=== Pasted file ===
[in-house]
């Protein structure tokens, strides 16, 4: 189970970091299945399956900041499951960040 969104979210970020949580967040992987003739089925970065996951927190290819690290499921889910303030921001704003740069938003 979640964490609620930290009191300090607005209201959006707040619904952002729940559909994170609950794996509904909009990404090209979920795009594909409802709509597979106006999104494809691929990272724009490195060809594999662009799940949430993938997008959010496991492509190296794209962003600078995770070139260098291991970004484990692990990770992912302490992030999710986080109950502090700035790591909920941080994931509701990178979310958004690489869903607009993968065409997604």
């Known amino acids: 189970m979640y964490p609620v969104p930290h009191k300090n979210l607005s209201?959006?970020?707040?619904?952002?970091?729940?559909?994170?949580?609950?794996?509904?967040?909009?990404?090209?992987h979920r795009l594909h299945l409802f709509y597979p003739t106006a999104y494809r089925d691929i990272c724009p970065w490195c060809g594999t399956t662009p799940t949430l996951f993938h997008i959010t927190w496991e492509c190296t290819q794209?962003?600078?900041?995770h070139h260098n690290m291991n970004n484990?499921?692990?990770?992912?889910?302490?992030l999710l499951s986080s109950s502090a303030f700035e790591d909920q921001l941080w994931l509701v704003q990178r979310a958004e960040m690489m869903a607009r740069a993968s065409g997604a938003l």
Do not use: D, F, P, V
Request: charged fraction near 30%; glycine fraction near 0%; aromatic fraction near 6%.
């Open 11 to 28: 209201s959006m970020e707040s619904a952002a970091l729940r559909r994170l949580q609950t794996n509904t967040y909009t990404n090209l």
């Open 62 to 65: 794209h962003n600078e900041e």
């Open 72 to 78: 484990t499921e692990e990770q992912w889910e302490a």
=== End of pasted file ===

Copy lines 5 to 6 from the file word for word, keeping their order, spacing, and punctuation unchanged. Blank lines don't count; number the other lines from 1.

Request: charged fraction near 30%; glycine fraction near 0%; aromatic fraction near 6%.
């Open 11 to 28: 209201s959006m970020e707040s619904a952002a970091l729940r559909r994170l949580q609950t794996n509904t967040y909009t990404n090209l």